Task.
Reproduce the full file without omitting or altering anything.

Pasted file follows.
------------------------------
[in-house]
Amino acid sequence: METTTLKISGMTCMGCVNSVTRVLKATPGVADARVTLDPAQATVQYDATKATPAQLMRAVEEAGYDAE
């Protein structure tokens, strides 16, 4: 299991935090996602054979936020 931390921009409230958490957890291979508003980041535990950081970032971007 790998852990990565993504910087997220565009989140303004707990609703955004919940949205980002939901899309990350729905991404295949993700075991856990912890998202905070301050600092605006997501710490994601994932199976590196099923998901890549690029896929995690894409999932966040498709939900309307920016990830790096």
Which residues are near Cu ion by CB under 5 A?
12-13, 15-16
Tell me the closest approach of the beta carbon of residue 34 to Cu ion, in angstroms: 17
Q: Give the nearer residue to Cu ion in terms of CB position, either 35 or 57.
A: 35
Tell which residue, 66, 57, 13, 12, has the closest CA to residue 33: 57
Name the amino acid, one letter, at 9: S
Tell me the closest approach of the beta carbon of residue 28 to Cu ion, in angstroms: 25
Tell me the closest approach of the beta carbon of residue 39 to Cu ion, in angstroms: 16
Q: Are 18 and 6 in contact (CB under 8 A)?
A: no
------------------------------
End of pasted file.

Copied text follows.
[in-house]
Amino acid sequence: METTTLKISGMTCMGCVNSVTRVLKATPGVADARVTLDPAQATVQYDATKATPAQLMRAVEEAGYDAE
């Protein structure tokens, strides 16, 4: 299991935090996602054979936020 931390921009409230958490957890291979508003980041535990950081970032971007 790998852990990565993504910087997220565009989140303004707990609703955004919940949205980002939901899309990350729905991404295949993700075991856990912890998202905070301050600092605006997501710490994601994932199976590196099923998901890549690029896929995690894409999932966040498709939900309307920016990830790096």
Which residues are near Cu ion by CB under 5 A?
12-13, 15-16
Tell me the closest approach of the beta carbon of residue 34 to Cu ion, in angstroms: 17
Q: Give the nearer residue to Cu ion in terms of CB position, either 35 or 57.
A: 35
Tell which residue, 66, 57, 13, 12, has the closest CA to residue 33: 57
Name the amino acid, one letter, at 9: S
Tell me the closest approach of the beta carbon of residue 28 to Cu ion, in angstroms: 25
Tell me the closest approach of the beta carbon of residue 39 to Cu ion, in angstroms: 16
Q: Are 18 and 6 in contact (CB under 8 A)?
A: no